Is the way hard and thorny, oh, my brother?
Do tempests beat, and adverse wild winds blow?
And are you spent, and broken at each nightfall,
Yet with each morn you rise and onward go?
Brother, I know, I know !
I, too, have journeyed so.
I your heart mad with longing, oh, my sister?
Are all great passions in your breast aglow?
Does the white wonder of your own soul blind you,
And are you torn with rapture and with woe?
Sister, I know, I know!
I, too, have suffered so.
Is the road filled with snare and quicksand, pilgrim?
Do pitfalls lie where roses seem to grow?
And have you sometimes stumbled in the darkness,
And are you bruised and scarred by many a blow?
Pilgrim, I know, I know !
I, too, have stumbled so.
Do you send out rebellious cry and question,
As mocking hours pass silently and slow,
Does your insistent "wherefore" bring no answer,
While stars wax pale with watching, and droop low?
I, too, have questioned so,
But now I know, I know !
To toil, to strive, to err, to cry, to grow,
To love through all -- this is the way to know.
“Laugh and the world laughs with you ; Weep and you weep alone,” are lines that have been travestied in vaudville theatres and quoted with impressive effect in the halls of legistation. yet it is safe to surmise that the great majority of those who know them have not lately read the lines that make up the rest of the poem.
Laugh, and the world laughs with you ;
Weep, and you weep alone ;
For the sad old earth must borrow its mirth,
But has trouble enough of its own.
Sing, and the hills will answer ;
Sigh, it is lost on the air ;
The echoes bound to a joyful sound,
But shrink from voicing care.
Rejoice, and men will seek you ;
Grieve, and they turn and go ;
They want full measure of all your pleasure,
But they do not need your woe.
Be glad, and your friends are many ;
Be sad, and you lose them all ;
There are none to decline your nectar'd wine,
But alone you must drink life's gall.
Feast, and your halls are crowded ;
Fast, and the world goes by.
Succeed and give, and it helps you live,
But no man can help you die.
There is room in the halls of pleasure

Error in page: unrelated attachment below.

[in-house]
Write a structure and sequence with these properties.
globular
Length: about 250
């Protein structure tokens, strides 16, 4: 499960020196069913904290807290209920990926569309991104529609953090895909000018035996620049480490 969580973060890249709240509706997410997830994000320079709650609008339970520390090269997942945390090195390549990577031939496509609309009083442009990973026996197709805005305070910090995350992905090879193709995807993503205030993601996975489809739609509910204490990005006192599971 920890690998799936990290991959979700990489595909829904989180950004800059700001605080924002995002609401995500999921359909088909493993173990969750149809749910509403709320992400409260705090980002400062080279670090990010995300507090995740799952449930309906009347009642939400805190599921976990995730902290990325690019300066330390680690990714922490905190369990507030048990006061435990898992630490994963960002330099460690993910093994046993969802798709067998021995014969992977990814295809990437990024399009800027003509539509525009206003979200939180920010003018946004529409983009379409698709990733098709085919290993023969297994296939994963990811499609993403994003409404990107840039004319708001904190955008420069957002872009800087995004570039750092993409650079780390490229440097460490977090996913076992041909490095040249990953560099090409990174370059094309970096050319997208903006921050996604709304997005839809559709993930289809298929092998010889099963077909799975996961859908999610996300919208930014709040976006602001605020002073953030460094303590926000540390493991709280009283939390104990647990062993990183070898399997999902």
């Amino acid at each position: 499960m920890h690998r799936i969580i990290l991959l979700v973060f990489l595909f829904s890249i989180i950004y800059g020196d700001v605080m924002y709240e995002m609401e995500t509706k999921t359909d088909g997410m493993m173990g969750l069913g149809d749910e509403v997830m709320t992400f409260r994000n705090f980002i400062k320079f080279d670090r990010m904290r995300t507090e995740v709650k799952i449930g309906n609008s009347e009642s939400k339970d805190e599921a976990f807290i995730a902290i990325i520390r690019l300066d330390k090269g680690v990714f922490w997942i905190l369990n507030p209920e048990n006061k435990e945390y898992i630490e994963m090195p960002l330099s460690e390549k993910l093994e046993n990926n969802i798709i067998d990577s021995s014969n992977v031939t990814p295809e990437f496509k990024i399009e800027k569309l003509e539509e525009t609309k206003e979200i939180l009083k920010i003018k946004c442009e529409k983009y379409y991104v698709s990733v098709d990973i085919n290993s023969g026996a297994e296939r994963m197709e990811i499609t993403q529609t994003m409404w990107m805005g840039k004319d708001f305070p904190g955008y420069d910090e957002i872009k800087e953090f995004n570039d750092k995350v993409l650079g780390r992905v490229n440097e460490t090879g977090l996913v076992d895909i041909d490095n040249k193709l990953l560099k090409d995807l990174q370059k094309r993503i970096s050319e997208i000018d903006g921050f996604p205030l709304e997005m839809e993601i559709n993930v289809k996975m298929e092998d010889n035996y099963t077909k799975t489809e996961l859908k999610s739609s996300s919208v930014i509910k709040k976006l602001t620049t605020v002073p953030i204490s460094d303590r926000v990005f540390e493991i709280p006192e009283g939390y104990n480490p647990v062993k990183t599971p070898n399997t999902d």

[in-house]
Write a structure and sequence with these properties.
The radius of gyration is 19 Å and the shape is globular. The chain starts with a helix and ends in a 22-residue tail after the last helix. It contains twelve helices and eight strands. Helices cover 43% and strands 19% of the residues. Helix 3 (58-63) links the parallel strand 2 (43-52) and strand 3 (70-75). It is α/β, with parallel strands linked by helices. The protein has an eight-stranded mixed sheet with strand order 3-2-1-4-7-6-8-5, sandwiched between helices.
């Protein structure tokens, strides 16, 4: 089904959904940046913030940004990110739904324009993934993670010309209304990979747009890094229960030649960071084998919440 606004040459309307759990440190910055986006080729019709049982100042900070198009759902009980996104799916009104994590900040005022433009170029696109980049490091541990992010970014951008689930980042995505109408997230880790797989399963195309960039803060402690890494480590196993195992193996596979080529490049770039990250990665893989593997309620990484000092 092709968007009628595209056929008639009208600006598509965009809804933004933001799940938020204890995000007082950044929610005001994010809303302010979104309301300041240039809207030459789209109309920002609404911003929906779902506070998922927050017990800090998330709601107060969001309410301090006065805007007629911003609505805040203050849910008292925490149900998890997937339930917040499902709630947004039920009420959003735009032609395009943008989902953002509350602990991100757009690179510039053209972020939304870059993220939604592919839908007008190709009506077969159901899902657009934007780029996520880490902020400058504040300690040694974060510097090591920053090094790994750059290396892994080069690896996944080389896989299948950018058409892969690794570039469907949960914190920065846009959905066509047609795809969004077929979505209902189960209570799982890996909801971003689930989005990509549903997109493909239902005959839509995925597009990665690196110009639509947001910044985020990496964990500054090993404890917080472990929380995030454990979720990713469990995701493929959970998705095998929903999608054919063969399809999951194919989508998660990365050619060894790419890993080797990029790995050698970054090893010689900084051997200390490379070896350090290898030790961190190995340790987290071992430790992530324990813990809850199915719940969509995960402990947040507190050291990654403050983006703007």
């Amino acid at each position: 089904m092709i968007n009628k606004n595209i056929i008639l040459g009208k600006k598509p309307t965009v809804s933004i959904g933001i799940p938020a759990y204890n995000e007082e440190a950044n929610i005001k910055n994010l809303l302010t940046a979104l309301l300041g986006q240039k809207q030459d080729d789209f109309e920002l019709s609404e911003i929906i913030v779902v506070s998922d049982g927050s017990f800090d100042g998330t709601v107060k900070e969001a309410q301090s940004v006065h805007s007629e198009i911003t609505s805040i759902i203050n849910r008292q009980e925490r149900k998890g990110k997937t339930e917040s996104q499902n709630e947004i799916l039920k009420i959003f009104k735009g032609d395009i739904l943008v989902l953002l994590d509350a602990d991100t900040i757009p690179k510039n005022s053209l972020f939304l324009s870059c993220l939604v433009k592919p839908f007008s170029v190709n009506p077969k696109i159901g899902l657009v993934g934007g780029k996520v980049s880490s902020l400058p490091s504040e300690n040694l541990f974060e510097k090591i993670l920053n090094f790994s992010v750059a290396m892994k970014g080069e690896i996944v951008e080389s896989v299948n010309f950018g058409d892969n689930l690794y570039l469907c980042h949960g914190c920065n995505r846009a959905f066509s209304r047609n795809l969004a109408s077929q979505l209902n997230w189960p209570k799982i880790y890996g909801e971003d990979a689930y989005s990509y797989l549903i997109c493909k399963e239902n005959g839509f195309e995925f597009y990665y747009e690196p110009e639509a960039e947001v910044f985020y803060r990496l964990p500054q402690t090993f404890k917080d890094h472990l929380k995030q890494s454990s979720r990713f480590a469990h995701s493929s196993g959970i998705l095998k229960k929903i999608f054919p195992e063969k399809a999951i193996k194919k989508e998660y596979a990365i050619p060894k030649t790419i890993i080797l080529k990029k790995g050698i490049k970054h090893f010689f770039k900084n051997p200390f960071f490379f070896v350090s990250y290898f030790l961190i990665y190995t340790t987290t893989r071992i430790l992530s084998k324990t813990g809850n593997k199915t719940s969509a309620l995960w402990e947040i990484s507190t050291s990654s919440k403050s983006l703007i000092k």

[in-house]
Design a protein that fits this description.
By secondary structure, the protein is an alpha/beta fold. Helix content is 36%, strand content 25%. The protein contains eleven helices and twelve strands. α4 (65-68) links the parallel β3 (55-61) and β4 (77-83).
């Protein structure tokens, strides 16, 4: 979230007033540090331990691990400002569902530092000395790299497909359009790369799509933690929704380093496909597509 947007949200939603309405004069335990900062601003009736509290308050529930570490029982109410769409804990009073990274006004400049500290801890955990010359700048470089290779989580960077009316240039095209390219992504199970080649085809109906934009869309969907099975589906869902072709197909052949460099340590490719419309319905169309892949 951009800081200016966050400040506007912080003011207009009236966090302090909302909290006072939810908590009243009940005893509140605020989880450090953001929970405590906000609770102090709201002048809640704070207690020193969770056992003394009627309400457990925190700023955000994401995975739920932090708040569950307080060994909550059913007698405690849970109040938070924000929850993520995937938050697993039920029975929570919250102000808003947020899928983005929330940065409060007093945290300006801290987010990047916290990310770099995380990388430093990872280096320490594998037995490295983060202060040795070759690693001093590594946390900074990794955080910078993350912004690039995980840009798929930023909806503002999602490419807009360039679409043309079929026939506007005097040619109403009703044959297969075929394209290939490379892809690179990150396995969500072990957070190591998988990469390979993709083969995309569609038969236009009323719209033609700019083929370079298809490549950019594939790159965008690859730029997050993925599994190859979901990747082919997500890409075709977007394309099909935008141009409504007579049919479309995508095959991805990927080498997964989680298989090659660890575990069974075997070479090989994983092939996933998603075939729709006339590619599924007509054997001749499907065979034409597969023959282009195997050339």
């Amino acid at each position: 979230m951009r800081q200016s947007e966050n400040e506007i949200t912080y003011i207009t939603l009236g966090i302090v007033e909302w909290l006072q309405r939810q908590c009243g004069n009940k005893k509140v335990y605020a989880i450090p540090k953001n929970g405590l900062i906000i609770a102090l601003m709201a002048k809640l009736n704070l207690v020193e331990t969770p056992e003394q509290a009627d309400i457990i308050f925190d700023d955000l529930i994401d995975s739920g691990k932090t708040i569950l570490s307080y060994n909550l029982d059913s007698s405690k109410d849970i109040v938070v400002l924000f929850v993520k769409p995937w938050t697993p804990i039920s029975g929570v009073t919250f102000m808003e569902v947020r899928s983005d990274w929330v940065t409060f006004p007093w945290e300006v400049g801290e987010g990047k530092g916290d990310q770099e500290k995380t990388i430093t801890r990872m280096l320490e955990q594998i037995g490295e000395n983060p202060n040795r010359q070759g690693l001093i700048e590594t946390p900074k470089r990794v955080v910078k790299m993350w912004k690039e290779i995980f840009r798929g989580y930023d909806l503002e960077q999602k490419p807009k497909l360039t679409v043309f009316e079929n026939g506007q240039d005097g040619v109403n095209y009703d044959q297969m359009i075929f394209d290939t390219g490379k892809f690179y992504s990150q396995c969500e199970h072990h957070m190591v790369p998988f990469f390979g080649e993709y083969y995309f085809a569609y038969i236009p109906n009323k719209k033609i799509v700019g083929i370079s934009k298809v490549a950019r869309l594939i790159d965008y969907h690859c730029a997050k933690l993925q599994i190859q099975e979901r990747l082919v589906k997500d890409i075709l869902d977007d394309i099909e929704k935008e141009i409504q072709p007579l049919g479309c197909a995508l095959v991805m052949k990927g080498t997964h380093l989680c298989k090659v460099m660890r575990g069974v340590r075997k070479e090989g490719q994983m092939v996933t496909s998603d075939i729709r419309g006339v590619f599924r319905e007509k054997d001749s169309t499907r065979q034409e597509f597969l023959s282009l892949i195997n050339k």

For a large and lordly train,
But one by one we must all file on
Through the narrow aisles of pain.
In latter years much of her work was done for the publications of Mr. William R. Hearst, chiefly as a regular contributor to the New York “Evening Journal.” It was while in this employ that she wrote her well-remembered lines on Queen Victoria's funeral.
THE QUEEN'S LAST RIDE
(Written on the day of Queen Victoria's funeral)
The Queen is taking a drive to-day:
They have hung with purple the carriage-way,
They have dressed with purple the royal track
Where the Queen goes forth and never comes back.
Let no man labour as she goes by
On her last appearance to mortal eye;
With heads uncovered let all men wait
For the Queen to pass, in her regal state.
Army and Navy shall lead the way
For that wonderful coach of the Queen's to-day.
Kings and Princes and Lords of the land
Shall ride behind her, a humble band;
And over the city and over the world
Shall the flags of all Nations be half-mast-furled,
For the silent lady of royal birth
Who is riding away from the Courts of earth,
Riding away from the world's unrest
To a mystical goal, on a secret quest.
Though in royal splendour she drives through town
Her robes are simple, she wears no crown;
And yet she wears one; for, widowed no more,
She is crowned with the love that has gone before,
And crowned with the love she has left behind
In the hidden depths of each mourner's mind.
Bow low your heads -- lift your hearts on high --
The Queen in silence is driving by!
That Mrs. Wilcox had a versitile command of the poetic medium becomes increasingly evident on thorough examination of her collected poems. These are good examples of the epigram in verse:
Fate used me meanly; but I looked at her and laughed ;
That none might know, how bitter was the cup I quaffed.
Along came Joy, and paused beside me where I sat ;
Saying, "I came to see what you were laughing at."
God, what a world, if men in street and mart,
Felt that same kinship of the human heart,
Which makes them, in the face of fire and flood,
Rise to the meaning of True Brotherhood.